Sigh... Clearly there must be somebody these fundraising efforts work on... My favorite from my own tiny always underfunded alma mater was the one asking for money, but hiding in the small print (seriously they printed a single legal size piece of paper with several pages worth of information) was the fact that they were dropping 3 majors - one of those majors that had been mine (and which I had just sent in a donation to that major's scholarship fund the previous week). Um...maybe if you sent us a letter before you fired our favorite (tenured) professors we'd have had motivations to give if we'd known the program was in trouble, but after? The only reaction I had was to be royally ticked off. I've been back on campus sense (to show the boyfriend the campus) and had a lovely nostalgic rainy afternoon tramping around campus, but I am not nostalgic for the administration whom I have never completely trusted with my donations anyway (thus why I gave to the scholarship fund for my former program instead of the school as a whole)

Comradde PhysioProffe said...

If your heart weren't so bitter and cold, you would totally endow a motherfucken couch.

Susan said...

I am so with you on this. Since my alma mater has (if I recall correctly) the highest per student endowment, last year I decided to give a token amount to alma mater, and bigger donations to my own wildly under-resourced institution... (The token contributions are because participation rates are important, and I did benefit from mucho scholarships.)

Flavia said...


Oh, that's a sad story! Sympathies.


You're so right. I should feel more compassion for the tender hindquarters of Today's Youth.

Doctor Cleveland said...

My own filthy-rich alma mater has taken to sending me separate fund-raising e-mails for my old dormitory building. There's an e-newsletter with an embarrassing name ("Gold" should never be part of a fund-raising newsletter's title), and at least quarterly appeals to give money to dear old G____ House.

One persistent appeal is for donations to renovate the old dorm room of a famous historical figure who once lived in the dorm. That figure, of course, is from a famously wealthy family (still very much extant). It's very odd to be asked for money to restore a famous aristocrat's rooms.

Anonymous said...

If you're going to give, at least give to the library. And not to the general fund, which very well could be used for athletics or (shudder) administrative salaries.

Withywindle said...

I have deep reservations about my own undergraduate college. I only give it any money at all, deep-heeled as it is, because I still love what it gave me for four years, flaws and all. The love matters more to me than relative need--at least to the tune of $10 a year.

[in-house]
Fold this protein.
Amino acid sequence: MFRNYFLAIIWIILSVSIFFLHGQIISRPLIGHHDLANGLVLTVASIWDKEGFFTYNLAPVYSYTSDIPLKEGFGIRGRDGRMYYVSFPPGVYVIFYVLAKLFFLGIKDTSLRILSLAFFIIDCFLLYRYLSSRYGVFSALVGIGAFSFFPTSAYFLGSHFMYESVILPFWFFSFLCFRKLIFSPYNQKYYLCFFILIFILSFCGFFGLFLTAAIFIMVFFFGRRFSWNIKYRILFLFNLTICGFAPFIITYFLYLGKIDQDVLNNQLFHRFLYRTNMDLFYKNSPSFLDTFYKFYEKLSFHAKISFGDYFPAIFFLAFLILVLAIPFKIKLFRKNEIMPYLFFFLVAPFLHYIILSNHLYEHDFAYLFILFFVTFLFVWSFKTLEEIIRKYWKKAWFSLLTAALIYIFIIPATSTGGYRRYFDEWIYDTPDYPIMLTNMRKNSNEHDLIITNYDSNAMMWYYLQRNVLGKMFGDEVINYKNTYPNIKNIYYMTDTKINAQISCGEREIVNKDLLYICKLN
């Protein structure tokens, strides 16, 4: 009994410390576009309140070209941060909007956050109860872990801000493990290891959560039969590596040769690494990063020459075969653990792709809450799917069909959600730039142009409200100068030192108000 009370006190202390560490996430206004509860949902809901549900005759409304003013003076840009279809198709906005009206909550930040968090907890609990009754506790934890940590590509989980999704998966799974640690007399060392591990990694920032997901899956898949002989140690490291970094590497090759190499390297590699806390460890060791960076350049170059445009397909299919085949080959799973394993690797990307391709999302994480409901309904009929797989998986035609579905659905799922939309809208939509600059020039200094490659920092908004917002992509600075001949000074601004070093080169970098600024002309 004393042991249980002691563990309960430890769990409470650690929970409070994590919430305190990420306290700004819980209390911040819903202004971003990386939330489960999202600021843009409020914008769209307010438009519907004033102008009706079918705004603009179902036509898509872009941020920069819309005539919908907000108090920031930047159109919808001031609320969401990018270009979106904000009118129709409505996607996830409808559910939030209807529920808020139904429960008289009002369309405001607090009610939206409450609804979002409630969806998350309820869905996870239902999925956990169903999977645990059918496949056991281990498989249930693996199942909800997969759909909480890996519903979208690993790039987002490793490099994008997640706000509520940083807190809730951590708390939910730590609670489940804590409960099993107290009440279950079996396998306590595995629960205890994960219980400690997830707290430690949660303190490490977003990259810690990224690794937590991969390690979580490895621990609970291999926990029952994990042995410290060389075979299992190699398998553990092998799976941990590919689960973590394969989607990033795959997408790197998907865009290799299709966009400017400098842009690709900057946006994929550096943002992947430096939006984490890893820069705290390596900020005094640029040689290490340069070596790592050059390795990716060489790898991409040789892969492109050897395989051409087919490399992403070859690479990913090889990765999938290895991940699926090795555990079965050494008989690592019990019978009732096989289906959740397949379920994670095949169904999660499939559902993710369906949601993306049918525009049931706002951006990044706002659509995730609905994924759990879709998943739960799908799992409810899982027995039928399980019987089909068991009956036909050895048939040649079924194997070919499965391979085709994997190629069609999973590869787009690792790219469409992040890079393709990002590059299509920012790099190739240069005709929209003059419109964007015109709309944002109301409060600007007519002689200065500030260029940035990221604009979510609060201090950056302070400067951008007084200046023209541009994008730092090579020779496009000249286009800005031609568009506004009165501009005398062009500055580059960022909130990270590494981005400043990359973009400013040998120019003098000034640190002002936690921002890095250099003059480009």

Withywindle said...


I grow more malapropish by the blog comment.

Flavia said...


I gave to my alma mater regularly--albeit only token amounts--before I returned there for grad school. There were specific reasons I stopped giving midway through my graduate career, but in general I think being an employee made my relationship to the university's wealth and budgetary decisions more intimate and more complicated.

I suspect that if I'd gone to a smaller or less prominent institution I might give, if only as a gesture of love and friendly competitiveness (gosh darn it, Plucky Liberal Arts College is just as awesome as Harvard! and our participation rates will show that!)--but, as the man said about being a Yankees fan, it's a bit like rooting for U.S. Steel.

One of these days I'll likely start giving again. I'm trying to get to the point in the next few years where I'm giving 5% of my annual income to charity, with the long-term goal of eventually giving between 5-10%. INRU ain't high on my list of charities, but once I get past 5% it'll probably make the list.

Anonymous said...

i couldn't agree more. especially while they no longer make poorer students take out loans (really coulda used that policy!), and while i'm still paying off my loans to them... well, i consider that my monthly donation.

Kate said...

Bookmarked for next time my filthy rich undergrad U sends fundraising appeals.

Tenured Radical said...

What I find even more bizarre than the fund raising appeals I get from Oligarch, where I did my BA, an Potemkin, where I did my Ph.D., are those from my former employer, Zenith. I mean aside from the fact that I worked there and didn't go there -- I didn't get a raise for four years before I left, and last I heard the faculty got a 1% raise, even as the cut the library and built shiny new buildings. Recycle.